Comparison of equal doses of continuous venovenous haemofiltration and haemodiafiltration on ciprofloxacin population pharmacokinetics in critically ill patients

Roger, Claire, Wallis, Steven C., Louart, Benjamin, Lefrant, Jean-Yves, Lipman, Jeffrey, Muller, Laurent and Roberts, Jason A. (2016) Comparison of equal doses of continuous venovenous haemofiltration and haemodiafiltration on ciprofloxacin population pharmacokinetics in critically ill patients. Journal of Antimicrobial Chemotherapy, 71 6: 1643-1650. doi:10.1093/jac/dkw043


Author Roger, Claire
Wallis, Steven C.
Louart, Benjamin
Lefrant, Jean-Yves
Lipman, Jeffrey
Muller, Laurent
Roberts, Jason A.
Title Comparison of equal doses of continuous venovenous haemofiltration and haemodiafiltration on ciprofloxacin population pharmacokinetics in critically ill patients
Journal name Journal of Antimicrobial Chemotherapy   Check publisher's open access policy
ISSN 1460-2091
0305-7453
Publication date 2016-06
Year available 2016
Sub-type Article (original research)
DOI 10.1093/jac/dkw043
Open Access Status Not Open Access
Volume 71
Issue 6
Start page 1643
End page 1650
Total pages 8
Place of publication Oxford, United Kingdom
Publisher Oxford University Press
Collection year 2017
Language eng
Formatted abstract
Objectives: Whilst commonly performed in ICUs, renal replacement therapies (RRTs) differ in their solute clearances. There is a paucity of data on ciprofloxacin clearances in different RRT techniques. The aim of this study was to compare the population pharmacokinetics of ciprofloxacin during equal doses of continuous venovenous haemofiltration (CVVHF) and continuous venovenous haemodiafiltration (CVVHDF) in septic patients.

Methods: Patients receiving 400 mg of ciprofloxacin intravenously 8 or 12 hourly and undergoing either CVVHF or CVVHDF were eligible. Up to 10 blood sampleswere collected over one dosing interval and analysed by a validated chromatographic method. Population pharmacokinetic analysis and Monte Carlo simulation was undertaken using Pmetrics.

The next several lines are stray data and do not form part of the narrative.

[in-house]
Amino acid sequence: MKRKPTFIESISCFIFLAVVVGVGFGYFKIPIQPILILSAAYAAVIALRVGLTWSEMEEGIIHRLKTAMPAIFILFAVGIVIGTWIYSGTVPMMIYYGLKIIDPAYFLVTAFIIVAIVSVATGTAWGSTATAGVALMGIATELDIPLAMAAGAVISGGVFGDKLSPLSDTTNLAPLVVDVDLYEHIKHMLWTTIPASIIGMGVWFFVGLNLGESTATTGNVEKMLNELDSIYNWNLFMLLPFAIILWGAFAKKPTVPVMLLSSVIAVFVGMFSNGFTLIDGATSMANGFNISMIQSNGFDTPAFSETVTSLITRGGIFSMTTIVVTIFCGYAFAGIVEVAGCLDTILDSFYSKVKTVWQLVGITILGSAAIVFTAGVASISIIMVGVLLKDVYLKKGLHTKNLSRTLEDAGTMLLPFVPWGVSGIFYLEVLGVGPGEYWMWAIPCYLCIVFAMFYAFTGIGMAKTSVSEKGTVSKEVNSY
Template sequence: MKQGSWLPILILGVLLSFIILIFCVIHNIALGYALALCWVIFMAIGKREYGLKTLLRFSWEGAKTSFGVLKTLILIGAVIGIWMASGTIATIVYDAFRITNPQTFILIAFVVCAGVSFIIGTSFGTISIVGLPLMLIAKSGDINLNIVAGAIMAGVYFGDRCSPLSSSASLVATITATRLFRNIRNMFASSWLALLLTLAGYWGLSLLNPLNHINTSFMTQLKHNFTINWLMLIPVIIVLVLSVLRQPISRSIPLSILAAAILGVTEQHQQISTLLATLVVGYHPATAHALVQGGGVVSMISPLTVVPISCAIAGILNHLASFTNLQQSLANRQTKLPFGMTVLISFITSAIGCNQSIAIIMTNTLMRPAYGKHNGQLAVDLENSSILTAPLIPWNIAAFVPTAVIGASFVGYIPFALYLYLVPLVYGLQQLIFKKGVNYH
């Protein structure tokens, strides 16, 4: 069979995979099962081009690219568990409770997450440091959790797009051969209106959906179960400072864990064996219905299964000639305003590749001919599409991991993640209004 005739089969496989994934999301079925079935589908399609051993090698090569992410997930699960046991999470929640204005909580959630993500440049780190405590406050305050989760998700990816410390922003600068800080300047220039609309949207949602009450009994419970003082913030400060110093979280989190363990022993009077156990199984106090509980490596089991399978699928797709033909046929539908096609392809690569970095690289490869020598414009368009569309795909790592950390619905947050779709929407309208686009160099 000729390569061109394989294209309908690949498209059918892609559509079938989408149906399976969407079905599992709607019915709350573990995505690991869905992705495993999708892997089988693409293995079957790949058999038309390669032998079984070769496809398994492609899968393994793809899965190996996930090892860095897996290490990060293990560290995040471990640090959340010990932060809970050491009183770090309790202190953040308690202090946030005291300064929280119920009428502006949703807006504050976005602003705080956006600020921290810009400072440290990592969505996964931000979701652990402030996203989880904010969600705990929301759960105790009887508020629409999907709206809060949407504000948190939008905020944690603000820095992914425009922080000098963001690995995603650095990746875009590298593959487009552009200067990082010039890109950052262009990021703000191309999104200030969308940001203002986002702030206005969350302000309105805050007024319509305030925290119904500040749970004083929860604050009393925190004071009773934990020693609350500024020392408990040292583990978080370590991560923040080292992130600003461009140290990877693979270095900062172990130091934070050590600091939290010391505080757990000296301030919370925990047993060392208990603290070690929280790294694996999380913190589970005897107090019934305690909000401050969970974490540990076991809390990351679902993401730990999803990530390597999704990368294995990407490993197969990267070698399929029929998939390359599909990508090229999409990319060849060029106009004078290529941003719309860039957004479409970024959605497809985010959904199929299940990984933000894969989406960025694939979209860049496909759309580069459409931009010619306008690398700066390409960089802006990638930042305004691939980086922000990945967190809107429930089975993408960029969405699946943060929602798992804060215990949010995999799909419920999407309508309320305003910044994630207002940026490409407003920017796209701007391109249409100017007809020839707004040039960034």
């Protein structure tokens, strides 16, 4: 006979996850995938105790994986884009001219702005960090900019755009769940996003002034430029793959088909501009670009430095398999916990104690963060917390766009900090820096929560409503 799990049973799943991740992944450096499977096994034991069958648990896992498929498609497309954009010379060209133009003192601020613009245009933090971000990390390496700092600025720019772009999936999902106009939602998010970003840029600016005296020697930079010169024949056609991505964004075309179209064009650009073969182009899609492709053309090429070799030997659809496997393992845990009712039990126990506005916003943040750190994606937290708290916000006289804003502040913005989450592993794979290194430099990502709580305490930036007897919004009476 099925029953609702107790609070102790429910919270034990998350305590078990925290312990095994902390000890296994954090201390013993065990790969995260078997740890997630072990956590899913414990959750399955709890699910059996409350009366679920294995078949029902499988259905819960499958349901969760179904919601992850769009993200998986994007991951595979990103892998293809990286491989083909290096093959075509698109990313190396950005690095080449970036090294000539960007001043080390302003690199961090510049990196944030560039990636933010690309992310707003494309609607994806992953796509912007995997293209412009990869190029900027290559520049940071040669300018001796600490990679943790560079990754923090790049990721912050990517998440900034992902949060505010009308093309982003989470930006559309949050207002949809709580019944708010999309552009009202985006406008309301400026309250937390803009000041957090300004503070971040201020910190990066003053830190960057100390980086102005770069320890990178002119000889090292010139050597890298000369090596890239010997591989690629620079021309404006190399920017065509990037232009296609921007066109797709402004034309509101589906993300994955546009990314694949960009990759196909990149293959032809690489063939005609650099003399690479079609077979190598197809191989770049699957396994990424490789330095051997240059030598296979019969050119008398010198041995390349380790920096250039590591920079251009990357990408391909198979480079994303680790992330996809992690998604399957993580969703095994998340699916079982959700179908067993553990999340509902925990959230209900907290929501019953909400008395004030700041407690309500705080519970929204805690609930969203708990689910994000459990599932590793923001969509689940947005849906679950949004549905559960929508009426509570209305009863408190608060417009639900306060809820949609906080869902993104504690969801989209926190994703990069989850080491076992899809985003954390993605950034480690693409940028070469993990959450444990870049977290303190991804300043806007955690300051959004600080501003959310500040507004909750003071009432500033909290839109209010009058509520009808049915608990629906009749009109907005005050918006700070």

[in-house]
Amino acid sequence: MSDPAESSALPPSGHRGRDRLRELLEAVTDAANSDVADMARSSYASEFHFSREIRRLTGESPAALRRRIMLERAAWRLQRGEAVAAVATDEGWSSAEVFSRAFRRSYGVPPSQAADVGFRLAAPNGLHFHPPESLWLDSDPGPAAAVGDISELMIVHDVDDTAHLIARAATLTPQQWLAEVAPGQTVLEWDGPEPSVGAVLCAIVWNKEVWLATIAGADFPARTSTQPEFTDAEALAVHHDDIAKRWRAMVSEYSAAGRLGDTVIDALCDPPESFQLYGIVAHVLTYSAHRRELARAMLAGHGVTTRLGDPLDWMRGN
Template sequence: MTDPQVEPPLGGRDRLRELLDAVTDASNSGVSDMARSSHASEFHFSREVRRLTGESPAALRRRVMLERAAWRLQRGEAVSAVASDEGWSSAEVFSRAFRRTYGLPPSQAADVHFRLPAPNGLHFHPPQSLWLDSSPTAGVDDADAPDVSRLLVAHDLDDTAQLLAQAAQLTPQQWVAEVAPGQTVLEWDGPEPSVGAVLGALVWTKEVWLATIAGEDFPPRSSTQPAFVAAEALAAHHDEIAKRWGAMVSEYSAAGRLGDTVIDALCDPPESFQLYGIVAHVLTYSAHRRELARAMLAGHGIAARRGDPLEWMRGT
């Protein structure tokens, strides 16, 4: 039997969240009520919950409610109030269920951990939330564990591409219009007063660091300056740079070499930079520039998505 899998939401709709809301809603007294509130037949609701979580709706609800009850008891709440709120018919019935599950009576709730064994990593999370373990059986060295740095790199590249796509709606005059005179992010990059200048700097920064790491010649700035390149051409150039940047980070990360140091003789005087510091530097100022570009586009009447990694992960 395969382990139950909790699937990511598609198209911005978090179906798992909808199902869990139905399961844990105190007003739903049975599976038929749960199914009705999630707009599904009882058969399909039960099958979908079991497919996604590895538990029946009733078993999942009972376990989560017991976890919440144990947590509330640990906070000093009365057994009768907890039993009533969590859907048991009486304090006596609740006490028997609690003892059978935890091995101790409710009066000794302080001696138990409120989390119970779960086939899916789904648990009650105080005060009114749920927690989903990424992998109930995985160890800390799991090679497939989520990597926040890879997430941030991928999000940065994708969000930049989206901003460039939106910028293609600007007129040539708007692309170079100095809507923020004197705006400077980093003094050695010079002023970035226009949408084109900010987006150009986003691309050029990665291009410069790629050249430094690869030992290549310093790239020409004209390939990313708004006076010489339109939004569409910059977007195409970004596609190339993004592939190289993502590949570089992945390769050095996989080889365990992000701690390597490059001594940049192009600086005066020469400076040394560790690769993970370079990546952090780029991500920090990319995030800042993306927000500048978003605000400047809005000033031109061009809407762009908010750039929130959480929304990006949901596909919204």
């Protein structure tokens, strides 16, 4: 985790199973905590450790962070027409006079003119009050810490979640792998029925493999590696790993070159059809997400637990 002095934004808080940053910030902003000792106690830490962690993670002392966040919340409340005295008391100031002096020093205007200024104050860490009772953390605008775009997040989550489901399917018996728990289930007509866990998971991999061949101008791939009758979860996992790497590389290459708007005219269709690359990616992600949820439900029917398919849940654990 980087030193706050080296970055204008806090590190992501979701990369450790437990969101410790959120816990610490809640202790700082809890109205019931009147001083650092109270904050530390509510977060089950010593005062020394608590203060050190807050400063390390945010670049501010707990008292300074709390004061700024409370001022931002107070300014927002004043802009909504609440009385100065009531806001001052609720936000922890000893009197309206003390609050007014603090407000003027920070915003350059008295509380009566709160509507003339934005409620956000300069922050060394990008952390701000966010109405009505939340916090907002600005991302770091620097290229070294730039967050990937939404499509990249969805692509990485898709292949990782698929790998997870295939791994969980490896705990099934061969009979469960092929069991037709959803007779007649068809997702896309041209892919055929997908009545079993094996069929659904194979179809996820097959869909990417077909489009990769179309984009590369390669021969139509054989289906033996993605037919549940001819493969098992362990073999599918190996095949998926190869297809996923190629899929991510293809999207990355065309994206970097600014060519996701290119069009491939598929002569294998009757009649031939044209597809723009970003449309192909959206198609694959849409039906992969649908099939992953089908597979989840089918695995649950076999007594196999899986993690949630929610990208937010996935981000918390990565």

Results: Eighteen sampling intervals were included (8 CVVHDFand 10 CVVHF) from 11 patients (6 patients having sampling during both RRT modes). A two-compartment linear model best described the data. Increasing patient weight was the only covariate associated with increasing drug clearance. The mean (SD) parameter estimates were: clearance, 10.7 (5.3) L/h; volume of distribution of the central compartment, 21.3 (11.3) L; rate constant for drug distribution from the central compartment to the peripheral compartment, 10.9 (4.3) L/h; and rate constant for drug distribution from the peripheral compartment to the central compartment, 2.3 (1.8) L/h. After accounting for patient weight, the mean ciprofloxacin clearance was not statistically different between CVVHF and CVVHDF [11.8 (9.9) and 10.3 (7.4) L/h, respectively, P=0.43].

Conclusions: The present study indicates a high pharmacokinetic variability of ciprofloxacin during CVVHF and CVVHDF with no significant differences in clearance apparent. Based on patient weight, higher ciprofloxacin dosing regimens should be used in critically ill patients when difficult-to-treat pathogens are suspected.
Keyword Renal replacement therapies
Comparison
Ciprofloxacin clearances
Continuous venovenous haemofiltration
Continuous venovenous haemodiafiltration
Septic patients
Q-Index Code C1
Q-Index Status Provisional Code
Institutional Status UQ

Document type: Journal Article
Sub-type: Article (original research)
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